42. Dixon refers to the Library Association’s current career pack, which emphasises the need for “multi-skilled” candidates, who are capable of working in a “dynamic” sector. The career pack also refers to a career in information work rather than in libraries. Dixon cites a survey, which was undertaken by a Loughborough Postgraduate student, which found that Loughborough LIS students corresponded to the “investigative” personality type, which is one of six personality types identified by a psychologist. Dixon concludes that her evidence disputes the existence of the “fondly held” stereotyped image of the librarian, and that it is a myth which exists largely in the public imagination.

8 Complementary research under the eLib programme: IMPEL

Work carried out under the first IMPEL project, (Impact on People of Electronic Libraries) at the University of Northumbria at Newcastle, focused on the human aspects of increased electronic provision in academic libraries, and produced a wealth of useful qualitative data. (100) A member of the IMPEL team states:

As information and computing technology converge, resource sharing by means of electronically held, often networked systems has been recognised to offer LIS an effective (and cost-effective) way of responding to the changes which are affecting them. The shift towards electronic information provision....has profound implications for LIS staff.(101)

IMPEL found that there was an urgent need for training in basic computer literacy and IT skills amongst library staff, and staff expressed desire to receive training alongside their counterparts in computer services. In addition, IMPEL identified certain management constraints and problems, which were common to the six organisations being studied. These included an absence of any formal policy for the management of technological change, and a lack of IT expertise among LIS staff; the latter resulting in an “electronic elitism” amongst those who possessed the requisite IT skills. (102) The authors note that the progress of academic libraries has long been hampered by their traditional hierarchical structures, and suggest there is now an urgent need to find new organisational structures which are non-divisive, and which are capable of exploiting the convergence of information and computing technologies.

Other findings of the IMPEL project include an acknowledgement that, although services do not need to be organisationally converged, operations need to converge where services overlap (for example in Internet provision). Project teams are seen as a way of achieving this, provided that roles are clearly defined. The role of the library computer officer is singled out as worthy of further investigation. Library computer officer posts are characterised by an ability to communicate well, and they are a way of providing a vital link between disparate departments.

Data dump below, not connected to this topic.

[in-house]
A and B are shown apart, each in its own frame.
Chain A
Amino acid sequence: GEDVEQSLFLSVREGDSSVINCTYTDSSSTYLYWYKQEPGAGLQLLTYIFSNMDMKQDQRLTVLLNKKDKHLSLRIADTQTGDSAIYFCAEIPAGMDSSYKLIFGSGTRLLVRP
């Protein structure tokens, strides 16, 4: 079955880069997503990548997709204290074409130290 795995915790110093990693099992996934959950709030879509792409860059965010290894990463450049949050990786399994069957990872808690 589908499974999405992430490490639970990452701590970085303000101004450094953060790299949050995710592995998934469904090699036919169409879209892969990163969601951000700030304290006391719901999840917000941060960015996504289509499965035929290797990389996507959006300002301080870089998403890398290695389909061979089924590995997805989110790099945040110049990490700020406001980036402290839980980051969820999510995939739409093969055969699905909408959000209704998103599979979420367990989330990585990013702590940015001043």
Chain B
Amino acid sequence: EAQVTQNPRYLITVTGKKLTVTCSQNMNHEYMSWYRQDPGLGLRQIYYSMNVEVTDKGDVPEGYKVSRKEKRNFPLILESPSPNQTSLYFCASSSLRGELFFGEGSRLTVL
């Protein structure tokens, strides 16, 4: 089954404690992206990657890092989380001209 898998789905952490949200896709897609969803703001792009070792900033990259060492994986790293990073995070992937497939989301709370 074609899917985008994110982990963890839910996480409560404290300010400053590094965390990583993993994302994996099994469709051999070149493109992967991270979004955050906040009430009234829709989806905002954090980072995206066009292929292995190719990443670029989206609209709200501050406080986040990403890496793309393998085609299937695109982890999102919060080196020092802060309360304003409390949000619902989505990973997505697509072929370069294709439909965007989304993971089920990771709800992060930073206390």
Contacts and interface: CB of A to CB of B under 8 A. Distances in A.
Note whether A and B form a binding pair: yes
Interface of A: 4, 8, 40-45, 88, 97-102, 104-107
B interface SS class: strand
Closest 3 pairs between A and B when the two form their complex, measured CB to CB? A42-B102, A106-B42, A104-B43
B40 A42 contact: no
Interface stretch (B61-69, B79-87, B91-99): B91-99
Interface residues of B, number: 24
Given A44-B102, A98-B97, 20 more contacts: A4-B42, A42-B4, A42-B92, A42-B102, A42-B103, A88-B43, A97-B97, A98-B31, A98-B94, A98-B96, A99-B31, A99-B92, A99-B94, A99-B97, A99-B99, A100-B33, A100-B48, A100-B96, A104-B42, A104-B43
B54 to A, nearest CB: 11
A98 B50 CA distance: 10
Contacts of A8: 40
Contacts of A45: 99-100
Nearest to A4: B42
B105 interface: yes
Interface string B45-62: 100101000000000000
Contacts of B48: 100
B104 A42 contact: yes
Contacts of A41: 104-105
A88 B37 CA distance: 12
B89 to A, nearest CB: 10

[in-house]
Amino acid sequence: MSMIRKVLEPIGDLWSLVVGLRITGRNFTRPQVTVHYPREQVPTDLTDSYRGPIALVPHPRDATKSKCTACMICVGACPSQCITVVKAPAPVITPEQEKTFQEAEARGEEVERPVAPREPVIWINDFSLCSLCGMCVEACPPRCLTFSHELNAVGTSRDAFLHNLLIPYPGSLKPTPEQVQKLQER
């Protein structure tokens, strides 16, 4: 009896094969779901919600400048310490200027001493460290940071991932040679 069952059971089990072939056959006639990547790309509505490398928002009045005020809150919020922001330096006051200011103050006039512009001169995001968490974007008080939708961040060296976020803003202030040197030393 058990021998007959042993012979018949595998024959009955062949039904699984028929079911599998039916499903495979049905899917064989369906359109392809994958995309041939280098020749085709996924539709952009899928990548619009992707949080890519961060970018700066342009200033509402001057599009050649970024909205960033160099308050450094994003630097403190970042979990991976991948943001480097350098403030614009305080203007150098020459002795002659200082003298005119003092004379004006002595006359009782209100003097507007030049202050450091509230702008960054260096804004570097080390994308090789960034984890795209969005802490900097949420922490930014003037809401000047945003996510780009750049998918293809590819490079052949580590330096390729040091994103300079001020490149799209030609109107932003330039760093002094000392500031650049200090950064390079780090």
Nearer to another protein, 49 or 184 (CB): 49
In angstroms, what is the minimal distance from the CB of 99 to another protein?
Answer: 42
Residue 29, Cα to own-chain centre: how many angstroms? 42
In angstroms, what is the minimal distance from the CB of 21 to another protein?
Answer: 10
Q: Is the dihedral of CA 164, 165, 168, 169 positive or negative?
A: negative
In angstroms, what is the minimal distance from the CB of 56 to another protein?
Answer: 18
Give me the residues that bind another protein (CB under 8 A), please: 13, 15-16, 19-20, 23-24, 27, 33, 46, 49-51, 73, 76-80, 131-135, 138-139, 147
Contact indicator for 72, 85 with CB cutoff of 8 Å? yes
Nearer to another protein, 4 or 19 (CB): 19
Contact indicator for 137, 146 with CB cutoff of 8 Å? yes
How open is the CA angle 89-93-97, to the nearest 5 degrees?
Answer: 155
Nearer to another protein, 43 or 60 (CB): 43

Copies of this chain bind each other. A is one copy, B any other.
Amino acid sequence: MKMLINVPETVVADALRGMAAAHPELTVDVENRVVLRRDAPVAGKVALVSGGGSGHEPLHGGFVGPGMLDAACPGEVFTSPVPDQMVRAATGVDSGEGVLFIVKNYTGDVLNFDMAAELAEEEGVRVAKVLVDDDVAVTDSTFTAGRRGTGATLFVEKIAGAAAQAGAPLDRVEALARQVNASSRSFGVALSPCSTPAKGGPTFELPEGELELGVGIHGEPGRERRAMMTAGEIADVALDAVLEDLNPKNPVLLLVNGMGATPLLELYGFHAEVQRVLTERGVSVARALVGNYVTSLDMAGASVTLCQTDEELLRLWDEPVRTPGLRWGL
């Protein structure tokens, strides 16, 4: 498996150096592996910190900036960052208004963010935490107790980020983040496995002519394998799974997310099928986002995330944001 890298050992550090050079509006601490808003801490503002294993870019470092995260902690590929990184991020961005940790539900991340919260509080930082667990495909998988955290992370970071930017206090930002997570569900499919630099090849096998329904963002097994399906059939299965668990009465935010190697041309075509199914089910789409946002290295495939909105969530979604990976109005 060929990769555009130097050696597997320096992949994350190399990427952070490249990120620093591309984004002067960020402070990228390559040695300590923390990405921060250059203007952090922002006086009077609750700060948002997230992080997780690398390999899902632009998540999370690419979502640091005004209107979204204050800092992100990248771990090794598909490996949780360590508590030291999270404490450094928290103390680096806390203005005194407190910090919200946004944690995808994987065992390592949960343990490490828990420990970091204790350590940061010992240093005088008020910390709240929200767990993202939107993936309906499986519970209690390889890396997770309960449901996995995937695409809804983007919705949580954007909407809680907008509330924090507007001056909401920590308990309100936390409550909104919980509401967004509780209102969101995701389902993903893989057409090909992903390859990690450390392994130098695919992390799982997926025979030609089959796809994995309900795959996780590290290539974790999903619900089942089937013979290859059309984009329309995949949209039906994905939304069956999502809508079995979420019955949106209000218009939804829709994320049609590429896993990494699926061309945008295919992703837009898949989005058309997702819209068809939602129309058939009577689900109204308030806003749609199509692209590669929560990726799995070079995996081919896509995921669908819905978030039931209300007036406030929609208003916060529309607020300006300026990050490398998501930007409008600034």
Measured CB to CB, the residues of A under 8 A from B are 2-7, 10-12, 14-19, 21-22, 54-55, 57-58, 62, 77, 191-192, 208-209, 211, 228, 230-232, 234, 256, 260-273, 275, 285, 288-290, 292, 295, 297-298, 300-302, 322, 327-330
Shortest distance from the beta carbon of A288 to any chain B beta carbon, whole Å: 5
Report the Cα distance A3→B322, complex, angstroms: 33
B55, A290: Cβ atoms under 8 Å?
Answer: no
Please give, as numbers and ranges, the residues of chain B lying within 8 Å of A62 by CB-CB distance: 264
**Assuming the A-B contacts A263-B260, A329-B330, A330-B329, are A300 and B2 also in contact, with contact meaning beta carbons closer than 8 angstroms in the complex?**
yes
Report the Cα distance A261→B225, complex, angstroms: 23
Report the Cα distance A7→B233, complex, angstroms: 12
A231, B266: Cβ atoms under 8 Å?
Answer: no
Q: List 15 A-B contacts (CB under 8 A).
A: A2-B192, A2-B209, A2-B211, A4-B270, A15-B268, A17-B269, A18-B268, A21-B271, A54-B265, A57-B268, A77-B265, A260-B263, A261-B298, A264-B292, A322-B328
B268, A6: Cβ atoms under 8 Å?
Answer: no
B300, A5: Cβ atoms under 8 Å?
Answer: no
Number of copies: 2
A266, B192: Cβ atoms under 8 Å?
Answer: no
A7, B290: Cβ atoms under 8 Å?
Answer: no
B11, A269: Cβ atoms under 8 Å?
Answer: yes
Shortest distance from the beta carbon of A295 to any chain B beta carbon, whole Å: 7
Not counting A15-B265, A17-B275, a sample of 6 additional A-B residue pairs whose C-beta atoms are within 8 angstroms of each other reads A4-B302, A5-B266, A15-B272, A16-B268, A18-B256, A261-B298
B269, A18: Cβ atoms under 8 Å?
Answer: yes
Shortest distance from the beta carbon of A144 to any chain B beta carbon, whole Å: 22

In their assessment of the future role of the librarian in the electronic library, the IMPEL research team perceive it to include the following tasks or roles: assessing the quality of information; providing support for remote users; organising the sharing of resources, and exploiting the technology. (103) However, they stress that their work covers the whole area of convergence, not only between library and computing staff, but also between library and academic staff, and library and Educational Development.

9 Conclusions


A consensus emerges which suggests that the converged model of service provision is both natural and effective for the delivery of services within the electronic campus. The term “marriage” is frequently used to describe the convergence of information and computing services, suggesting a natural partnership, with the work of LIS and computing staff drawing closer together, or being complementary. The imperative for change comes from: changing patterns in teaching and learning; innovations in technology; government policy, plus a degree of political expediency and opportunism at institutional level. The hierarchical and bureaucratic organisational structures found in Higher Education, are no longer considered flexible enough to cope with the pace of change and the current teaching and learning environment. However, these structures are still extant in many institutions. Libraries have also been charged with being “idealistic” in outlook, as opposed to their counterparts in computing services who are “pragmatic”. Electronic information systems are often attributed with the ability to break down hierarchies.